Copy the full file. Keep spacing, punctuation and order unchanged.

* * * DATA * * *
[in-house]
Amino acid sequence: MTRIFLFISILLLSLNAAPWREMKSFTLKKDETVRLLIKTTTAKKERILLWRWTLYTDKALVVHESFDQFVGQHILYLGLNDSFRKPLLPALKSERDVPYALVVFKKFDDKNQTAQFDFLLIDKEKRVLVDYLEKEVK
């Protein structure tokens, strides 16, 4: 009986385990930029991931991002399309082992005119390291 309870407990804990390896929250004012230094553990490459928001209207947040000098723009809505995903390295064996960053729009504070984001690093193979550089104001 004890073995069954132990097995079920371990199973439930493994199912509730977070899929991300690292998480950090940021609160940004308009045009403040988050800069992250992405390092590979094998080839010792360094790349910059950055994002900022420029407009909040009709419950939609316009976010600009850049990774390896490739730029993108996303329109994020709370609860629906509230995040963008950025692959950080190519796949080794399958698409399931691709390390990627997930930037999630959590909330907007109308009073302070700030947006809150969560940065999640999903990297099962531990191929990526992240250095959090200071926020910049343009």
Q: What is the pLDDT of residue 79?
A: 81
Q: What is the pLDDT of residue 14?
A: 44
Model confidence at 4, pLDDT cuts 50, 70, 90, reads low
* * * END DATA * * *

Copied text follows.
[in-house]
Amino acid sequence: MTRIFLFISILLLSLNAAPWREMKSFTLKKDETVRLLIKTTTAKKERILLWRWTLYTDKALVVHESFDQFVGQHILYLGLNDSFRKPLLPALKSERDVPYALVVFKKFDDKNQTAQFDFLLIDKEKRVLVDYLEKEVK
């Protein structure tokens, strides 16, 4: 009986385990930029991931991002399309082992005119390291 309870407990804990390896929250004012230094553990490459928001209207947040000098723009809505995903390295064996960053729009504070984001690093193979550089104001 004890073995069954132990097995079920371990199973439930493994199912509730977070899929991300690292998480950090940021609160940004308009045009403040988050800069992250992405390092590979094998080839010792360094790349910059950055994002900022420029407009909040009709419950939609316009976010600009850049990774390896490739730029993108996303329109994020709370609860629906509230995040963008950025692959950080190519796949080794399958698409399931691709390390990627997930930037999630959590909330907007109308009073302070700030947006809150969560940065999640999903990297099962531990191929990526992240250095959090200071926020910049343009």
Q: What is the pLDDT of residue 79?
A: 81
Q: What is the pLDDT of residue 14?
A: 44
Model confidence at 4, pLDDT cuts 50, 70, 90, reads low